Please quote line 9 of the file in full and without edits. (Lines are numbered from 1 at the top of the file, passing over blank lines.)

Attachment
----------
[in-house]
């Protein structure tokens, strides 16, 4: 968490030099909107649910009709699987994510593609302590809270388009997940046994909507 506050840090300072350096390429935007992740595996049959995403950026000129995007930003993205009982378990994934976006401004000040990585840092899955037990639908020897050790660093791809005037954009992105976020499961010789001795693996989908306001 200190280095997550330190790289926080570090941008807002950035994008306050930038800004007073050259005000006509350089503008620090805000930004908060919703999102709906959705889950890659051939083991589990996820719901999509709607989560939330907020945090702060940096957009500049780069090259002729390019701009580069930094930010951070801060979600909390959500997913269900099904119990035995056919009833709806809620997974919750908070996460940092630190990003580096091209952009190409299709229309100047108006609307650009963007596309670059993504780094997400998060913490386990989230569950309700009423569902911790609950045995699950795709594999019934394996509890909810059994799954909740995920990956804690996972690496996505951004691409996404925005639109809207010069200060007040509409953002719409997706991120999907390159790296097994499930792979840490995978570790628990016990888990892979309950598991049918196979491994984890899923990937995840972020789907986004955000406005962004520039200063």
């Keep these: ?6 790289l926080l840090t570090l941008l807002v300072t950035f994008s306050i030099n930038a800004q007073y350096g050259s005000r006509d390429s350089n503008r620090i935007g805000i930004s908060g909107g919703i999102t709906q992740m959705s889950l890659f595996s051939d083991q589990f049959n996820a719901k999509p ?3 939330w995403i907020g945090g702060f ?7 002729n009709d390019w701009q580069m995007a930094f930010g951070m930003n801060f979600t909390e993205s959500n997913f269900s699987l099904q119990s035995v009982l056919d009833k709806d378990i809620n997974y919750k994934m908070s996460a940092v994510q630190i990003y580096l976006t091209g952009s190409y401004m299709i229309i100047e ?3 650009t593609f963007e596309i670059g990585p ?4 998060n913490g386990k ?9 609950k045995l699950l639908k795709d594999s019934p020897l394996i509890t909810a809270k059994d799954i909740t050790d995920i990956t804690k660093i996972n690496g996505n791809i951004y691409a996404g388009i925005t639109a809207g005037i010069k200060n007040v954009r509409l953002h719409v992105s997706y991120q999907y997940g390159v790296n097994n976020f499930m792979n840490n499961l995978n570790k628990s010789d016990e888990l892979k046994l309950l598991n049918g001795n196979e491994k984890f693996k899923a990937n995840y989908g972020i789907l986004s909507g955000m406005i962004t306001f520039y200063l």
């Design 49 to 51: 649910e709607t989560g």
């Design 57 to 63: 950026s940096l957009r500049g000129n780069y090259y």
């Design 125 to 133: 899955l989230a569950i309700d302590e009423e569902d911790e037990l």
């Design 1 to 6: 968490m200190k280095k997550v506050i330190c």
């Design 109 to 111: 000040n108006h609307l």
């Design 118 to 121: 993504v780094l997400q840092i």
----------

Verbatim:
């Design 118 to 121: 993504v780094l997400q840092i």